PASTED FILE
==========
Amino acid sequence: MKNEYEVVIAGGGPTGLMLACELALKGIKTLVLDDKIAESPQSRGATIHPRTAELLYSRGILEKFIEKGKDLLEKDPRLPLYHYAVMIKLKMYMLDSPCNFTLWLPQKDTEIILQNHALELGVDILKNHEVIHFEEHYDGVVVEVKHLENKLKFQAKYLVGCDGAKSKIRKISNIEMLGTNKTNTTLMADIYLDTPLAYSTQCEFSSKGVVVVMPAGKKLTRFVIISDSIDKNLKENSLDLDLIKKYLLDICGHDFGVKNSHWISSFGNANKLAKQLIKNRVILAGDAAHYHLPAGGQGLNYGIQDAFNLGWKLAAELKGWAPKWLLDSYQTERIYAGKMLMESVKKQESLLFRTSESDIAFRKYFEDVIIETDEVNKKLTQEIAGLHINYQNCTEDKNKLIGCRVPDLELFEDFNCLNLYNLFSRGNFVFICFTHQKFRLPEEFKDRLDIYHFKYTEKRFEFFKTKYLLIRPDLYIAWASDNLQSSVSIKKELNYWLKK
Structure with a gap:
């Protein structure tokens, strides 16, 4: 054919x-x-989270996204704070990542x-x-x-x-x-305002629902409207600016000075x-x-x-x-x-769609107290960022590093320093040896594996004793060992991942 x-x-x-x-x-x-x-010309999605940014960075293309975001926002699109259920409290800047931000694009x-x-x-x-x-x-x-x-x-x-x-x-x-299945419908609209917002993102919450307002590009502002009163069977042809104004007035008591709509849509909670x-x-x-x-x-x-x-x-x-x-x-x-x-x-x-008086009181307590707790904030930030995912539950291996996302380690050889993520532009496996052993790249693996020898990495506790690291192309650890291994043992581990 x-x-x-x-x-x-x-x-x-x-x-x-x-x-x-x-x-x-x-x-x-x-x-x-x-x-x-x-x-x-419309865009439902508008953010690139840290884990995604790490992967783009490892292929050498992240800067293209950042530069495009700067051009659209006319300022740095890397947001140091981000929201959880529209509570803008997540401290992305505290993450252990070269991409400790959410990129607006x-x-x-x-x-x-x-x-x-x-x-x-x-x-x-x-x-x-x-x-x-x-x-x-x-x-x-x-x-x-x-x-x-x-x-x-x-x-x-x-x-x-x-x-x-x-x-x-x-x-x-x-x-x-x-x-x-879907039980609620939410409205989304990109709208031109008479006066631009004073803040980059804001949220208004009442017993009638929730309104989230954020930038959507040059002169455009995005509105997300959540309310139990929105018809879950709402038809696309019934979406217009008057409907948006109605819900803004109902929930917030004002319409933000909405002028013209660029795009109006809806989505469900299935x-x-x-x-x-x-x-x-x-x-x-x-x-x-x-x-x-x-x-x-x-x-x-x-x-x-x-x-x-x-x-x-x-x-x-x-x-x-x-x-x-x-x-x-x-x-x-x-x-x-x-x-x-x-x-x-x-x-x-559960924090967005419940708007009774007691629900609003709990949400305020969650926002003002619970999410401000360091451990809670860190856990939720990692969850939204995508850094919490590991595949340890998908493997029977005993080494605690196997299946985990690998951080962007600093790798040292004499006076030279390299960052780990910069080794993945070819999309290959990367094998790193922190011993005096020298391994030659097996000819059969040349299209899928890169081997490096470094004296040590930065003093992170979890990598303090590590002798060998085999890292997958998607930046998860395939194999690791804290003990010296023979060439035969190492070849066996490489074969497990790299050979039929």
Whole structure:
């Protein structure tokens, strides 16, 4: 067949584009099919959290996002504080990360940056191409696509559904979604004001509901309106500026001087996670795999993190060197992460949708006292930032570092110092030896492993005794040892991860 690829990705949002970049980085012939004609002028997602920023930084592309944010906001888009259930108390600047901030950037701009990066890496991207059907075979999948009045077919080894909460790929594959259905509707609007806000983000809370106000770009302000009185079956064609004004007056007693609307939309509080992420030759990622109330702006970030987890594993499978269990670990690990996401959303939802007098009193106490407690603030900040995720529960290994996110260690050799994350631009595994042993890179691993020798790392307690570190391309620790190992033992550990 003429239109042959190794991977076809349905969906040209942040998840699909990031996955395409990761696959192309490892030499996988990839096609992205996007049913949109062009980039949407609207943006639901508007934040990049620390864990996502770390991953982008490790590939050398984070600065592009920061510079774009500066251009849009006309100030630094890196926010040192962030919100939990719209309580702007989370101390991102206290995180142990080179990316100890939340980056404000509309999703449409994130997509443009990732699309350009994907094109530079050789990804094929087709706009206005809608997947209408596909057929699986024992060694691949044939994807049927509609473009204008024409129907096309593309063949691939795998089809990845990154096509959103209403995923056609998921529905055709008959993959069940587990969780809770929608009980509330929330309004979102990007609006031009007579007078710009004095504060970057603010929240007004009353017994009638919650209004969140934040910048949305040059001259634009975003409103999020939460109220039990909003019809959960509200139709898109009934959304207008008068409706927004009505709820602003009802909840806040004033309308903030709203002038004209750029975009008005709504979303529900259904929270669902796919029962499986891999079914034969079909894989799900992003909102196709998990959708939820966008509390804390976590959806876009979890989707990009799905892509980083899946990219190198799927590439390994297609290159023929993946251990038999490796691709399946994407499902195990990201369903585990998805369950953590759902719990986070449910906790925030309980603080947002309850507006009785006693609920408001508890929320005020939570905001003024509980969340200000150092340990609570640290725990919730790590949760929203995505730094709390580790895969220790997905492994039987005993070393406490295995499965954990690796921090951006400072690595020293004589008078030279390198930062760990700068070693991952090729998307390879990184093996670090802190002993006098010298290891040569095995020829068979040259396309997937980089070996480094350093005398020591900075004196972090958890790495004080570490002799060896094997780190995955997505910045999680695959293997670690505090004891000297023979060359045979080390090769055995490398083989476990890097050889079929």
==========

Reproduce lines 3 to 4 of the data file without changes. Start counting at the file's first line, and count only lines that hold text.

């Protein structure tokens, strides 16, 4: 054919x-x-989270996204704070990542x-x-x-x-x-305002629902409207600016000075x-x-x-x-x-769609107290960022590093320093040896594996004793060992991942 x-x-x-x-x-x-x-010309999605940014960075293309975001926002699109259920409290800047931000694009x-x-x-x-x-x-x-x-x-x-x-x-x-299945419908609209917002993102919450307002590009502002009163069977042809104004007035008591709509849509909670x-x-x-x-x-x-x-x-x-x-x-x-x-x-x-008086009181307590707790904030930030995912539950291996996302380690050889993520532009496996052993790249693996020898990495506790690291192309650890291994043992581990 x-x-x-x-x-x-x-x-x-x-x-x-x-x-x-x-x-x-x-x-x-x-x-x-x-x-x-x-x-x-419309865009439902508008953010690139840290884990995604790490992967783009490892292929050498992240800067293209950042530069495009700067051009659209006319300022740095890397947001140091981000929201959880529209509570803008997540401290992305505290993450252990070269991409400790959410990129607006x-x-x-x-x-x-x-x-x-x-x-x-x-x-x-x-x-x-x-x-x-x-x-x-x-x-x-x-x-x-x-x-x-x-x-x-x-x-x-x-x-x-x-x-x-x-x-x-x-x-x-x-x-x-x-x-x-879907039980609620939410409205989304990109709208031109008479006066631009004073803040980059804001949220208004009442017993009638929730309104989230954020930038959507040059002169455009995005509105997300959540309310139990929105018809879950709402038809696309019934979406217009008057409907948006109605819900803004109902929930917030004002319409933000909405002028013209660029795009109006809806989505469900299935x-x-x-x-x-x-x-x-x-x-x-x-x-x-x-x-x-x-x-x-x-x-x-x-x-x-x-x-x-x-x-x-x-x-x-x-x-x-x-x-x-x-x-x-x-x-x-x-x-x-x-x-x-x-x-x-x-x-x-559960924090967005419940708007009774007691629900609003709990949400305020969650926002003002619970999410401000360091451990809670860190856990939720990692969850939204995508850094919490590991595949340890998908493997029977005993080494605690196997299946985990690998951080962007600093790798040292004499006076030279390299960052780990910069080794993945070819999309290959990367094998790193922190011993005096020298391994030659097996000819059969040349299209899928890169081997490096470094004296040590930065003093992170979890990598303090590590002798060998085999890292997958998607930046998860395939194999690791804290003990010296023979060439035969190492070849066996490489074969497990790299050979039929």
Whole structure: